In November of 2022, NASA launched the Artemis I mission, which sent an uncrewed spacecraft to orbit the moon for just over 25 days before returning to Earth. It was the U.S.’s first foray into moon exploration in decades, and was intended to lay the groundwork for subsequent Artemis missions to be carried out in the coming years, with the ultimate goal of establishing a space station in lunar orbit.

U.S. Rep. Yadira Caraveo.

But from 2023 onward, the U.S. House of Representatives’ thin Republican majority has led to frequent stalls on necessary government funding packages. This situation, U.S. Rep. Yadira Caraveo (D-CO) warned during a House Science Committee hearing this week, could throw a wrench in the day-to-day functioning of government programs – including space exploration.

“I think we have heard a lot of concerns here about the timeline for the Artemis missions, and I think something that we’ve been beating around the bush about is overall funding for NASA and whether you have the money to carry these missions out,” Caraveo told expert witnesses, including two top NASA officials, during the hearing.

Earlier this month, NASA announced that it would delay Artemis II and III to 2025 and 2026, respectively, to allow time to test new technologies and ensure the safety of crew members. Artemis III would have astronauts land near the moon’s south pole; two of those crew members would be the first woman and the first person of color, respectively, to set foot on the moon.

The Artemis program is of particular relevance to Colorado. Multiple Colorado aerospace companies were and continue to be involved in other elements of the Artemis program. Artemis I’s Orion capsule was developed by the Littleton-based aerospace and military contractor Lockheed Martin, with more Orion capsules in the works for future missions.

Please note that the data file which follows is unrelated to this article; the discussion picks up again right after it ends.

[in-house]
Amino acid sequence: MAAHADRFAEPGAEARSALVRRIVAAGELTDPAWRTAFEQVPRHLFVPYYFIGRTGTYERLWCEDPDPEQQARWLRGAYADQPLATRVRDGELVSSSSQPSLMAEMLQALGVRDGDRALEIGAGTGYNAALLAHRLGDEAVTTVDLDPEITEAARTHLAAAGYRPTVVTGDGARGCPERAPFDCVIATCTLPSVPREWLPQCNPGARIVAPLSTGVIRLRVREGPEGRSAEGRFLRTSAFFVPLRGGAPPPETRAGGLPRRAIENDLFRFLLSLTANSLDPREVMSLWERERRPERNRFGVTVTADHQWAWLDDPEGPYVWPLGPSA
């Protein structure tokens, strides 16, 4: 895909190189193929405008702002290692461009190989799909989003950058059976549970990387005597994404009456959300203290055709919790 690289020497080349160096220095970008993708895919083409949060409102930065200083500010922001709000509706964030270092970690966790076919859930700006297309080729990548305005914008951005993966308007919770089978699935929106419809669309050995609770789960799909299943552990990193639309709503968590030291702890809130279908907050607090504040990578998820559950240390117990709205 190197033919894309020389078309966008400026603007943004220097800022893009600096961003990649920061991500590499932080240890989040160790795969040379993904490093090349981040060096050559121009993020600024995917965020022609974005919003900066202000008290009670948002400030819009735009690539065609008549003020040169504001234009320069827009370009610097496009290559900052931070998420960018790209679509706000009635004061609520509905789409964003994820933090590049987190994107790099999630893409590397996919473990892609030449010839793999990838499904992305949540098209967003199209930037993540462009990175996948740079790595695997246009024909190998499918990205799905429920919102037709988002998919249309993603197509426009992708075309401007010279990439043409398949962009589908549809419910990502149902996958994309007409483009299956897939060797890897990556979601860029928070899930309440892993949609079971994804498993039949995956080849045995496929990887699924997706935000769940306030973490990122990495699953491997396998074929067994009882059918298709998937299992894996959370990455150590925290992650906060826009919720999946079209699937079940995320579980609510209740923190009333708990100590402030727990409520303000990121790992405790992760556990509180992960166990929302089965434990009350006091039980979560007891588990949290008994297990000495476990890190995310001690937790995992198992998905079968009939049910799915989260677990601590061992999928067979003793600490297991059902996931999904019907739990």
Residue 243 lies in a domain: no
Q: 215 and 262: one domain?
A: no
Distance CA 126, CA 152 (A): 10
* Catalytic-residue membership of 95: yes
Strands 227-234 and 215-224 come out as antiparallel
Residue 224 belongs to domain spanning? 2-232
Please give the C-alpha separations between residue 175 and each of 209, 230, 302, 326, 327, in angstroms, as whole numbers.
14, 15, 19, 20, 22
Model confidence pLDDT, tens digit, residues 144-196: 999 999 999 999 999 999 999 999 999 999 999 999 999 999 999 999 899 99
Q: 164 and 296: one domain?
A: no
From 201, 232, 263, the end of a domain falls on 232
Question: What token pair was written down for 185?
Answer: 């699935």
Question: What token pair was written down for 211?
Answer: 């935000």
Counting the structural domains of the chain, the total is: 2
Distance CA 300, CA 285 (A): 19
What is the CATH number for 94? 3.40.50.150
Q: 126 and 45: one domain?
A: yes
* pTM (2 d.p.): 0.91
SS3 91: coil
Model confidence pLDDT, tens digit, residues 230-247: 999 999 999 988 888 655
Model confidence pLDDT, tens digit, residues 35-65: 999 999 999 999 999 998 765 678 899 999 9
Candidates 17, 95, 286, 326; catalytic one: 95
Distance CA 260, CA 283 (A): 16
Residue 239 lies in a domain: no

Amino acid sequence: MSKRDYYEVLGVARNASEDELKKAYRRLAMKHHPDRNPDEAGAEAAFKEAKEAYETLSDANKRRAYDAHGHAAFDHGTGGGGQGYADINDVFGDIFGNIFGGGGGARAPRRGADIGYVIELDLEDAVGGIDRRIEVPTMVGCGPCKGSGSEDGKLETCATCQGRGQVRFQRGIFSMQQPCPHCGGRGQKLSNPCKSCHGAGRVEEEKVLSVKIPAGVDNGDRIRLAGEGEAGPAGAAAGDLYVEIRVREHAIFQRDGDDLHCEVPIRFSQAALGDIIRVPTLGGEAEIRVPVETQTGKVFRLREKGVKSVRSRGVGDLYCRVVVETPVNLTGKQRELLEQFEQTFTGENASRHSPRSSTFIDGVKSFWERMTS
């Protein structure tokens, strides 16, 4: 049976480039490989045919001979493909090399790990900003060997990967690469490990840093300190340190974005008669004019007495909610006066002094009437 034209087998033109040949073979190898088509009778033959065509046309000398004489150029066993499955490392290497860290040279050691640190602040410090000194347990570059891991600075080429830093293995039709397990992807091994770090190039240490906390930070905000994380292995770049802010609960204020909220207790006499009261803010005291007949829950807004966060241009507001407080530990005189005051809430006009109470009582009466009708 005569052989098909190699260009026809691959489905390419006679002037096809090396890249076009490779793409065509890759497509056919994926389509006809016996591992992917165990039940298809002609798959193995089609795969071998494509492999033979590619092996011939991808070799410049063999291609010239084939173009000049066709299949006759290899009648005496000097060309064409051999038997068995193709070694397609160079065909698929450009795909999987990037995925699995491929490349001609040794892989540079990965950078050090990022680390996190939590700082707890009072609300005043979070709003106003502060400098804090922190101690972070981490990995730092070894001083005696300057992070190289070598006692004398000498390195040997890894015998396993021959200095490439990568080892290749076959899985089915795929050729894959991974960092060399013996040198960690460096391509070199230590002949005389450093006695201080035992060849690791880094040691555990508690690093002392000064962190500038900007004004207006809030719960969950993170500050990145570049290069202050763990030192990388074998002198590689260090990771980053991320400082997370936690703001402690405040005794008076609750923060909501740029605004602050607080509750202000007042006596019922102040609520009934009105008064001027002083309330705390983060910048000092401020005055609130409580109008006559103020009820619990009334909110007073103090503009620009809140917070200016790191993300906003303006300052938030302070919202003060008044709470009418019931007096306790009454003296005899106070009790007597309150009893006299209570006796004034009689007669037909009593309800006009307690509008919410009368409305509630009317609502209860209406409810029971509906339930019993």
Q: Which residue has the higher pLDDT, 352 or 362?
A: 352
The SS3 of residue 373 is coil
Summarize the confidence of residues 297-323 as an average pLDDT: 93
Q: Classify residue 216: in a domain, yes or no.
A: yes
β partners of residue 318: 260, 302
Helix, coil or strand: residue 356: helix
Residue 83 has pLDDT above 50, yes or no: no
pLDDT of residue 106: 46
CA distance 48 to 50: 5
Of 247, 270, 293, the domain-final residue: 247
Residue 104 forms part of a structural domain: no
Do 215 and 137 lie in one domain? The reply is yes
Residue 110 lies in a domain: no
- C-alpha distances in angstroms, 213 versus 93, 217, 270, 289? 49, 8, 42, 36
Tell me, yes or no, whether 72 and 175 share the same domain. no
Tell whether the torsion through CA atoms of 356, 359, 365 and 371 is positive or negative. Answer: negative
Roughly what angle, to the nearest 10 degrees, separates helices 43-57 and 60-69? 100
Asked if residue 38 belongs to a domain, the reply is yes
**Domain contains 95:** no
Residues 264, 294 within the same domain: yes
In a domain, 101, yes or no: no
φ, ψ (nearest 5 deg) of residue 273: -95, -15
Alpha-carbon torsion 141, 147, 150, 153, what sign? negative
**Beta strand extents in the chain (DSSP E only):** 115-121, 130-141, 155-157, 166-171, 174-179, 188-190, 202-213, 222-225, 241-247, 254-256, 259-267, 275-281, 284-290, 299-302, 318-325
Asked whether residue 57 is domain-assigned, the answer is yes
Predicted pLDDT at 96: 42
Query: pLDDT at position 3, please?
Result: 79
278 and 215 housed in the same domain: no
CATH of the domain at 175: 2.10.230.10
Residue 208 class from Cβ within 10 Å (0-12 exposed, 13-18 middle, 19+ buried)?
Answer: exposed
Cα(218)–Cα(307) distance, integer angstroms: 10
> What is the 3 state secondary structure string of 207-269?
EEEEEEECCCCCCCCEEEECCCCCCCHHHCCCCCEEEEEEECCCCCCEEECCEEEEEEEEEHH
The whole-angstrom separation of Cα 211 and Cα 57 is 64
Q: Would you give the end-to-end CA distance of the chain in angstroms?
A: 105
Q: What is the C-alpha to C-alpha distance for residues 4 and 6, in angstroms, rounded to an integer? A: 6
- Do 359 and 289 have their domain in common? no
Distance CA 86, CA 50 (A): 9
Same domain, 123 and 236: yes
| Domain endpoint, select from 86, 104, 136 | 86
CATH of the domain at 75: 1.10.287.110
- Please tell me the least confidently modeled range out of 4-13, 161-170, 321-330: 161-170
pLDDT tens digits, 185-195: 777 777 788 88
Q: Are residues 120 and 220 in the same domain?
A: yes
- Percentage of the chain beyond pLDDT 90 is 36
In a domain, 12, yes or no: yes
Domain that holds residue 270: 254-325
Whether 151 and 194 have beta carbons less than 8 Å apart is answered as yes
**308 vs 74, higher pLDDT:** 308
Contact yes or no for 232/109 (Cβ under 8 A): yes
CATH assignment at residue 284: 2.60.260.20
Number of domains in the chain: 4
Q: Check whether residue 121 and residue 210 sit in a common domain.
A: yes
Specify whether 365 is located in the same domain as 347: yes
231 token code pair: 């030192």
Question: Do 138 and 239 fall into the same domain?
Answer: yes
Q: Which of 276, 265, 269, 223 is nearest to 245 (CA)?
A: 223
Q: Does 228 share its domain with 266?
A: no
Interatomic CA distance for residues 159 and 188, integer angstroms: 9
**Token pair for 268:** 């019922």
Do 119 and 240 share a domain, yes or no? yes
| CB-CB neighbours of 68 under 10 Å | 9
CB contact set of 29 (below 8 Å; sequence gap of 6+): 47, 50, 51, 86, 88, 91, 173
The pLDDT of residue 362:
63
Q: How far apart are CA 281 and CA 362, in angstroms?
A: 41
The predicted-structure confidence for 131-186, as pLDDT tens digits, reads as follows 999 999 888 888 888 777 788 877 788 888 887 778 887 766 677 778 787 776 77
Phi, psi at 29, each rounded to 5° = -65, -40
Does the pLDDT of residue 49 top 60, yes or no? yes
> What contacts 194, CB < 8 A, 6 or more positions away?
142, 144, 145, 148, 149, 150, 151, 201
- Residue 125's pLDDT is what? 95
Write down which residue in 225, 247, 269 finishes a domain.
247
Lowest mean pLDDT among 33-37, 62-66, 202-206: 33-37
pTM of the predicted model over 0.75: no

“I’m also proud to say that I represent many of the workers and contractors who have made Artemis possible, and I’m excited to continue my support for these missions,” said Caraveo.

But Caraveo noted that, at multiple points in 2023, lawmakers struggled to pass key appropriations bills, causing it to frequently veer towards government shutdown. In large part, this was due to the GOP’s slim majority in Congress giving outsized power to far-right Freedom Caucus members, allowing them to attach ideologically driven amendments — including anti-LGBTQ and anti-abortion policies — to the bills, leading the Democrat-controlled Senate to strike them down. 

“In particular, when we hear today about the pressures that you have to cut costs, to maintain crew safety, to keep things on time, but also when we have a Congress that has been unable to pass a budget overall. What are the implications for Artemis if appropriated with flat budgets beyond, not just 2024, but potentially the rest of the decade?” Caraveo asked Catherine Koerner, an Associate Administrator at NASA. 

Koerner said that a flat budget, referring to the possibility that government funding would remain static instead of increasing year by year, could lead future Artemis missions to be delayed further.